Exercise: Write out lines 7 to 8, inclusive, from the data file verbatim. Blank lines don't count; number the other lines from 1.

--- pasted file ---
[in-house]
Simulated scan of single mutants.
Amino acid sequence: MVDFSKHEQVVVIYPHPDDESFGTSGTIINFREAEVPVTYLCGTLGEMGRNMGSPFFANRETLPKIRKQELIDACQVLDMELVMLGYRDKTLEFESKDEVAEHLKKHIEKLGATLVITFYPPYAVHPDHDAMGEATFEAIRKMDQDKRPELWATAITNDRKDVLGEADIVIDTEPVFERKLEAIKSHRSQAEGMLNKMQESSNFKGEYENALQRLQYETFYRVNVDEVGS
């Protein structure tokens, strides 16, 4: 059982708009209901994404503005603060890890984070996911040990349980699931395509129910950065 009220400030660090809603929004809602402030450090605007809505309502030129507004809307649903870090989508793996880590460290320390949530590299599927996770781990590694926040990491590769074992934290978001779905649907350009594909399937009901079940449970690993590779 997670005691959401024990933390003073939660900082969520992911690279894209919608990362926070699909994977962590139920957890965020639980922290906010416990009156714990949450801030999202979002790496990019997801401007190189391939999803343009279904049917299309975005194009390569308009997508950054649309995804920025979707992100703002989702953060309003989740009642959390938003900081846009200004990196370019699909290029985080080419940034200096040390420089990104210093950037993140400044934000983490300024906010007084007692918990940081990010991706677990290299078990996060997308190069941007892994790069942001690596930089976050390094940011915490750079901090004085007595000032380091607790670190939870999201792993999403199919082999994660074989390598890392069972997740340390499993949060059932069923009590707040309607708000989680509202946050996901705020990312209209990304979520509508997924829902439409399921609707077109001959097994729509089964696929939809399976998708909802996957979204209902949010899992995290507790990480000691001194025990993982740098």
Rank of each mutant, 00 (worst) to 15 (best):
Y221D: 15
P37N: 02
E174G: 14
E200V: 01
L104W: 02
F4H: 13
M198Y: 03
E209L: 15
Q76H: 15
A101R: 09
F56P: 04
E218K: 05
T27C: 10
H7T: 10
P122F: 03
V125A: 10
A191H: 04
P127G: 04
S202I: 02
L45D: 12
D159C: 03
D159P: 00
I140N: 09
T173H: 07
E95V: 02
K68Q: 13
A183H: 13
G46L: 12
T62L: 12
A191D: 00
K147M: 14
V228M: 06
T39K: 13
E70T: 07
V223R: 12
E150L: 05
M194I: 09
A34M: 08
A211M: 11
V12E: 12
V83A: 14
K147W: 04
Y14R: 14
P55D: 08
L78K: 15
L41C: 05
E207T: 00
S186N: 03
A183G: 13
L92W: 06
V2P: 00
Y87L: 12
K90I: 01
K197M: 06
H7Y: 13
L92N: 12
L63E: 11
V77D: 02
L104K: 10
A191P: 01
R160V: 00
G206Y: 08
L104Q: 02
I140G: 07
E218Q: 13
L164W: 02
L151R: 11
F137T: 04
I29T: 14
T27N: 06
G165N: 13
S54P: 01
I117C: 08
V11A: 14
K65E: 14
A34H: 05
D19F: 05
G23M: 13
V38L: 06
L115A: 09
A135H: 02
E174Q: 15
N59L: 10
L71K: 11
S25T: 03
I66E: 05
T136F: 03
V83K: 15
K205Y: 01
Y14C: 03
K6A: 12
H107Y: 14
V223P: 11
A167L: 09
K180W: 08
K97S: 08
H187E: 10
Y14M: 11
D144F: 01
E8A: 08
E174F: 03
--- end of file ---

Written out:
P37N: 02
E174G: 14